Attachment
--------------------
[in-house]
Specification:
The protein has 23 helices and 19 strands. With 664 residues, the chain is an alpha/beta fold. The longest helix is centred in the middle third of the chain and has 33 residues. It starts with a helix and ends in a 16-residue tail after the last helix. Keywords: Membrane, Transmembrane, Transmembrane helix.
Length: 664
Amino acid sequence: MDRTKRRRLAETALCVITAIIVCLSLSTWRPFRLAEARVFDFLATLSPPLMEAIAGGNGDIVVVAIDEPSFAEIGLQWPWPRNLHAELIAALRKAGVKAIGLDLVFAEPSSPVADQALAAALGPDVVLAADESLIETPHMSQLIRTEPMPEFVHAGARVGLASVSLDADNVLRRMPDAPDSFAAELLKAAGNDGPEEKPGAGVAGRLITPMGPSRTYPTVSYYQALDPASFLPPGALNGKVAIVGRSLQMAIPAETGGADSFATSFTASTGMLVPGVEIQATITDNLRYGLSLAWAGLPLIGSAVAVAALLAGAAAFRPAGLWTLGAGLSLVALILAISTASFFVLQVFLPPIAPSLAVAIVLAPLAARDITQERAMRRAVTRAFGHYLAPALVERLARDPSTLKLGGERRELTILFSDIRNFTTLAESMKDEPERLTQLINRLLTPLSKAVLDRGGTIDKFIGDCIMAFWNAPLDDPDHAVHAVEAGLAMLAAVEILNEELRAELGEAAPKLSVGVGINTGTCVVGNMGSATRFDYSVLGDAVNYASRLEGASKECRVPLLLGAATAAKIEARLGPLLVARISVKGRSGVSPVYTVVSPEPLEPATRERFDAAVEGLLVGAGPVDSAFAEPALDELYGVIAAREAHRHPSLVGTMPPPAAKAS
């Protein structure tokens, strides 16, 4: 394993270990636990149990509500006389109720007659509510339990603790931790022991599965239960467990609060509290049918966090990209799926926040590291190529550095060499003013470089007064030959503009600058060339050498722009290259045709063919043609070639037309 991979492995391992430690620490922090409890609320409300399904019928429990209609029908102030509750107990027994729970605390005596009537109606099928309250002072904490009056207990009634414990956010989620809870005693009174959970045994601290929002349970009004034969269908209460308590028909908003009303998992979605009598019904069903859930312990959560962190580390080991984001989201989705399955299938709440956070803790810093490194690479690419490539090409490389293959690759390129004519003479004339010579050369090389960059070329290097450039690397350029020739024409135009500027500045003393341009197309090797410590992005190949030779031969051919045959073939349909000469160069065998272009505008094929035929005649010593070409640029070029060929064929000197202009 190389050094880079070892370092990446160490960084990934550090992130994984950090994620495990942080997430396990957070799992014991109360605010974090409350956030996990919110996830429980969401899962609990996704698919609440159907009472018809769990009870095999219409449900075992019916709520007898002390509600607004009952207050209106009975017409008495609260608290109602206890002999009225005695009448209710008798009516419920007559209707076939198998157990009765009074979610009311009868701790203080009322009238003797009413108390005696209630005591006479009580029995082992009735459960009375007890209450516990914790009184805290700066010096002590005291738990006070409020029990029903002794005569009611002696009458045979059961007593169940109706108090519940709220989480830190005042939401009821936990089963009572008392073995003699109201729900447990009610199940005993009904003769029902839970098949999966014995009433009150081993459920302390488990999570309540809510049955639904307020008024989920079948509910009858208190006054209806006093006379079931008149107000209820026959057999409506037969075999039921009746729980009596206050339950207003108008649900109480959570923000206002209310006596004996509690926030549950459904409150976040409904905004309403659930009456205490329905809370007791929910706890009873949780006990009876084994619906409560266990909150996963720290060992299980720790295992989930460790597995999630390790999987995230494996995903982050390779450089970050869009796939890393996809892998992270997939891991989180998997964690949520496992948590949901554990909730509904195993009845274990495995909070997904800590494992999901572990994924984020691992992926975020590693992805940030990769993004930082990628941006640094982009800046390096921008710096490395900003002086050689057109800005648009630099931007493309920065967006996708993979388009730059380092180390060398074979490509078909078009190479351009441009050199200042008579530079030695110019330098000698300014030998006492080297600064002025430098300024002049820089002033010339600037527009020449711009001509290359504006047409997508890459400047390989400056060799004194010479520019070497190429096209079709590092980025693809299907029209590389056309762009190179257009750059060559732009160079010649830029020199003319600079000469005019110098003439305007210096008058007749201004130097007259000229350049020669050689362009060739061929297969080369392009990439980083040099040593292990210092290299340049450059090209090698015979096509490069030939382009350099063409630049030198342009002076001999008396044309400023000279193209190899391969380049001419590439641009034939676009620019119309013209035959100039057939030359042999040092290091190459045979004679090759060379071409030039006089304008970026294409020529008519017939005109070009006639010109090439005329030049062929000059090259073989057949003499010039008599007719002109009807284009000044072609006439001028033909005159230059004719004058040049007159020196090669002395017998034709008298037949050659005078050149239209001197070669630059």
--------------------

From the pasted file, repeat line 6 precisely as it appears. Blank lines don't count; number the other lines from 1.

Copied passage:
């Protein structure tokens, strides 16, 4: 394993270990636990149990509500006389109720007659509510339990603790931790022991599965239960467990609060509290049918966090990209799926926040590291190529550095060499003013470089007064030959503009600058060339050498722009290259045709063919043609070639037309 991979492995391992430690620490922090409890609320409300399904019928429990209609029908102030509750107990027994729970605390005596009537109606099928309250002072904490009056207990009634414990956010989620809870005693009174959970045994601290929002349970009004034969269908209460308590028909908003009303998992979605009598019904069903859930312990959560962190580390080991984001989201989705399955299938709440956070803790810093490194690479690419490539090409490389293959690759390129004519003479004339010579050369090389960059070329290097450039690397350029020739024409135009500027500045003393341009197309090797410590992005190949030779031969051919045959073939349909000469160069065998272009505008094929035929005649010593070409640029070029060929064929000197202009 190389050094880079070892370092990446160490960084990934550090992130994984950090994620495990942080997430396990957070799992014991109360605010974090409350956030996990919110996830429980969401899962609990996704698919609440159907009472018809769990009870095999219409449900075992019916709520007898002390509600607004009952207050209106009975017409008495609260608290109602206890002999009225005695009448209710008798009516419920007559209707076939198998157990009765009074979610009311009868701790203080009322009238003797009413108390005696209630005591006479009580029995082992009735459960009375007890209450516990914790009184805290700066010096002590005291738990006070409020029990029903002794005569009611002696009458045979059961007593169940109706108090519940709220989480830190005042939401009821936990089963009572008392073995003699109201729900447990009610199940005993009904003769029902839970098949999966014995009433009150081993459920302390488990999570309540809510049955639904307020008024989920079948509910009858208190006054209806006093006379079931008149107000209820026959057999409506037969075999039921009746729980009596206050339950207003108008649900109480959570923000206002209310006596004996509690926030549950459904409150976040409904905004309403659930009456205490329905809370007791929910706890009873949780006990009876084994619906409560266990909150996963720290060992299980720790295992989930460790597995999630390790999987995230494996995903982050390779450089970050869009796939890393996809892998992270997939891991989180998997964690949520496992948590949901554990909730509904195993009845274990495995909070997904800590494992999901572990994924984020691992992926975020590693992805940030990769993004930082990628941006640094982009800046390096921008710096490395900003002086050689057109800005648009630099931007493309920065967006996708993979388009730059380092180390060398074979490509078909078009190479351009441009050199200042008579530079030695110019330098000698300014030998006492080297600064002025430098300024002049820089002033010339600037527009020449711009001509290359504006047409997508890459400047390989400056060799004194010479520019070497190429096209079709590092980025693809299907029209590389056309762009190179257009750059060559732009160079010649830029020199003319600079000469005019110098003439305007210096008058007749201004130097007259000229350049020669050689362009060739061929297969080369392009990439980083040099040593292990210092290299340049450059090209090698015979096509490069030939382009350099063409630049030198342009002076001999008396044309400023000279193209190899391969380049001419590439641009034939676009620019119309013209035959100039057939030359042999040092290091190459045979004679090759060379071409030039006089304008970026294409020529008519017939005109070009006639010109090439005329030049062929000059090259073989057949003499010039008599007719002109009807284009000044072609006439001028033909005159230059004719004058040049007159020196090669002395017998034709008298037949050659005078050149239209001197070669630059």